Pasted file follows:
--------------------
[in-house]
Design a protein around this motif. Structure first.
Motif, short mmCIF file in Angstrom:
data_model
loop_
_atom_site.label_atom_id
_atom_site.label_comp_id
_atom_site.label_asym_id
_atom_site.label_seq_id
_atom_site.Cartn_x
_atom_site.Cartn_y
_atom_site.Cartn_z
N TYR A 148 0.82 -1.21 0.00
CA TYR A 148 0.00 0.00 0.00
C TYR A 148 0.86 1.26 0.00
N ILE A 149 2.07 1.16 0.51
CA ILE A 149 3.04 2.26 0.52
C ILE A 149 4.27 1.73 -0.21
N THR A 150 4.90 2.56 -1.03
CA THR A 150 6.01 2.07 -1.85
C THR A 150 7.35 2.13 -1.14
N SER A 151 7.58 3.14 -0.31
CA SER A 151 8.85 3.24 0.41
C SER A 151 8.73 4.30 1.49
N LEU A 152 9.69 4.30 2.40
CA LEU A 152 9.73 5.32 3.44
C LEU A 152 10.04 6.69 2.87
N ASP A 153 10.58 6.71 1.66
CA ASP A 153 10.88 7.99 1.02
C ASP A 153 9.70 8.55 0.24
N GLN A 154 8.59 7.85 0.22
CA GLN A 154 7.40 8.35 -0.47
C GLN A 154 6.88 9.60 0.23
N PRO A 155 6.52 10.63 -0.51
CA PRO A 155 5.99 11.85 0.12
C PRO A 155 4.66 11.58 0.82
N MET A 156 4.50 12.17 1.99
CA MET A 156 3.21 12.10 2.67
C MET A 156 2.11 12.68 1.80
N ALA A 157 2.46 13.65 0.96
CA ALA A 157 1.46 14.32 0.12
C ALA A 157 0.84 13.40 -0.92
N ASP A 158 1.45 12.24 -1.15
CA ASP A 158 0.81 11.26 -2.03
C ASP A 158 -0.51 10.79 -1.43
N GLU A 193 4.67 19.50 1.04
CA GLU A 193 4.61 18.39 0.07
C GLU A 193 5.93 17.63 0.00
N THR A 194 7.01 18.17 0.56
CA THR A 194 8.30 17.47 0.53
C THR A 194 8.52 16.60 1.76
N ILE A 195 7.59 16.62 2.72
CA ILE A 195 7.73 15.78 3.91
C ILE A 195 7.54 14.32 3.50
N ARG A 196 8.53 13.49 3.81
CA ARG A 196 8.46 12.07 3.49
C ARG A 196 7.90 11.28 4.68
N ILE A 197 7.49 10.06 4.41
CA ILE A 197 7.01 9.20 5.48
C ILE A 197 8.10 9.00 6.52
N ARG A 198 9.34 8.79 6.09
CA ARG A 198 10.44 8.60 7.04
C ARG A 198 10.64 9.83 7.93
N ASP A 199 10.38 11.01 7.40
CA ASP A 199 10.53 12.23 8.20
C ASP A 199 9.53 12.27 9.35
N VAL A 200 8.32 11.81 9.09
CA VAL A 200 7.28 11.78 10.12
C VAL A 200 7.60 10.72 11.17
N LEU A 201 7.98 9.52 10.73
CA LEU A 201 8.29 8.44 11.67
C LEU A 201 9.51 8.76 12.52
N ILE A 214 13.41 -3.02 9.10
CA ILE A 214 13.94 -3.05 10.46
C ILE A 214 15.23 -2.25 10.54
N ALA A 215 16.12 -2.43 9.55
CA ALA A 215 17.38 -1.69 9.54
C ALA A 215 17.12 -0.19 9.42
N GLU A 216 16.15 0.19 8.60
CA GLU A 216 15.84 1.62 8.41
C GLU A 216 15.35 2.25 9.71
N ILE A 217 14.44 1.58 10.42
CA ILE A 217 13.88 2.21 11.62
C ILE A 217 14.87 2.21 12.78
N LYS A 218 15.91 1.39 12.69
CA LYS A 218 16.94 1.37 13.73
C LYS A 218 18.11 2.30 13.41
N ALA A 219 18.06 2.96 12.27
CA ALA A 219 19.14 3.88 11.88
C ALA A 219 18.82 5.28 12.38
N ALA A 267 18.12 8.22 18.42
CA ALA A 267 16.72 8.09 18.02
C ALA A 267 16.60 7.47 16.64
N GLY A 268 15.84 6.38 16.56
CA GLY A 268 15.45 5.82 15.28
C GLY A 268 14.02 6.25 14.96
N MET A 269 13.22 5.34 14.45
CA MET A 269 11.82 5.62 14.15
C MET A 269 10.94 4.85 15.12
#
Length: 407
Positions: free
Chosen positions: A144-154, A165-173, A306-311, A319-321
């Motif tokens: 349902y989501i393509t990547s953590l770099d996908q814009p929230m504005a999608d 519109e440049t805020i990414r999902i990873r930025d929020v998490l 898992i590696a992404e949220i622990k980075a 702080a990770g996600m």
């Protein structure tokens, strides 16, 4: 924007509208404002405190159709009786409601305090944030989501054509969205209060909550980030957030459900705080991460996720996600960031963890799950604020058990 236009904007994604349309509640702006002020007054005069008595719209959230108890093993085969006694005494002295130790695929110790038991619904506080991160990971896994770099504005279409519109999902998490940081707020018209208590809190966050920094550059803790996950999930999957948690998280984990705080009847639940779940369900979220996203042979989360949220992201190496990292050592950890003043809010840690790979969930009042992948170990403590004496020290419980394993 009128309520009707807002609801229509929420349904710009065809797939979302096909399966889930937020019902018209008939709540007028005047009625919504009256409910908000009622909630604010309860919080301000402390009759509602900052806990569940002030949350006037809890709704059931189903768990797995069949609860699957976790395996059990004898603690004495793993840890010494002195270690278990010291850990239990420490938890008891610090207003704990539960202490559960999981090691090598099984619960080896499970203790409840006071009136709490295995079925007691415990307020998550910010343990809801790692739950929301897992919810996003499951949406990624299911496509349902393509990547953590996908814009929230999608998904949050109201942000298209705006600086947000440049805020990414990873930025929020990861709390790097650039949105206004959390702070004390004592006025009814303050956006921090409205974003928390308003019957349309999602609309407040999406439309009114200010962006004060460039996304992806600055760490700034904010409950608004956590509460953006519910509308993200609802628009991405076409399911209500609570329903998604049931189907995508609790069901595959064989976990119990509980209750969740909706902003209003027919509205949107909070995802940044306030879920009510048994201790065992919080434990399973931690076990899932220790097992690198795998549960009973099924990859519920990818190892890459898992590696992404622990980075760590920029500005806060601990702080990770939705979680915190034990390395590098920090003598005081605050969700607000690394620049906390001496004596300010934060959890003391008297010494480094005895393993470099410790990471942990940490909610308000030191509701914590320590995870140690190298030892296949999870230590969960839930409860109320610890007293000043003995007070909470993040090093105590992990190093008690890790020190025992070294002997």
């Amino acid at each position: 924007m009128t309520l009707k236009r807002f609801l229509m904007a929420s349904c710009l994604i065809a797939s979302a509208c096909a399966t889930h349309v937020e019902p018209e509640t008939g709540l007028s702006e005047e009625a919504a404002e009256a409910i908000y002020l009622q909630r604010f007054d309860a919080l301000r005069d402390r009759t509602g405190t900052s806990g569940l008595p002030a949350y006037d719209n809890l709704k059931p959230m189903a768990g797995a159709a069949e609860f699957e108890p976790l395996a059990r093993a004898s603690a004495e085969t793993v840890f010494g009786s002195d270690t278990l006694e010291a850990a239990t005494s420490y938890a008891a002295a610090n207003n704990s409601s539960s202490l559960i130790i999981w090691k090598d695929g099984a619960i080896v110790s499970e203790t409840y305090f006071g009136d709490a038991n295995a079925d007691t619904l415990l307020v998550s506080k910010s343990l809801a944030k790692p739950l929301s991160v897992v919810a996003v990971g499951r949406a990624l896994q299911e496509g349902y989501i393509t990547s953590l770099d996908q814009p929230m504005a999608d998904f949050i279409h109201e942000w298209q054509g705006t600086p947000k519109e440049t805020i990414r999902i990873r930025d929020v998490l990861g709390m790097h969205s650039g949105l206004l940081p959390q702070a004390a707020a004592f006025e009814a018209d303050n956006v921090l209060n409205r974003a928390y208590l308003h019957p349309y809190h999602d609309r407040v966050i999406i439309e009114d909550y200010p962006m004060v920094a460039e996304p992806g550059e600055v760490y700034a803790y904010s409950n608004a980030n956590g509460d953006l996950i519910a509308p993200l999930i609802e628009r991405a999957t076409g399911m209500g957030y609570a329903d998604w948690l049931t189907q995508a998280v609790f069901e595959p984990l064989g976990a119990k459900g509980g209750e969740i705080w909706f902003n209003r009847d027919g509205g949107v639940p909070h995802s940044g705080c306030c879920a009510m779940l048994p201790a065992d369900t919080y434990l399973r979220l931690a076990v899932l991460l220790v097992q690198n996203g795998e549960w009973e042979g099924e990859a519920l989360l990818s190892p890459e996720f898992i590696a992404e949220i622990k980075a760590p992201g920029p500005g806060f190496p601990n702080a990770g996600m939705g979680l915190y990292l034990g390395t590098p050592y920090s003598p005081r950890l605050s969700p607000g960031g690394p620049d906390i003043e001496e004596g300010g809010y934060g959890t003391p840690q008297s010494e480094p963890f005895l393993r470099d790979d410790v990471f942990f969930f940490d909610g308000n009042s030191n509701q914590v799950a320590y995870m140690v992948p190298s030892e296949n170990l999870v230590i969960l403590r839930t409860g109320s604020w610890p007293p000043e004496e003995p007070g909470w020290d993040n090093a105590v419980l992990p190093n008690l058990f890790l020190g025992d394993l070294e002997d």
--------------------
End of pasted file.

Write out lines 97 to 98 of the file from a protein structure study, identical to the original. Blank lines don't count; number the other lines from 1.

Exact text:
N MET A 269 13.22 5.34 14.45
CA MET A 269 11.82 5.62 14.15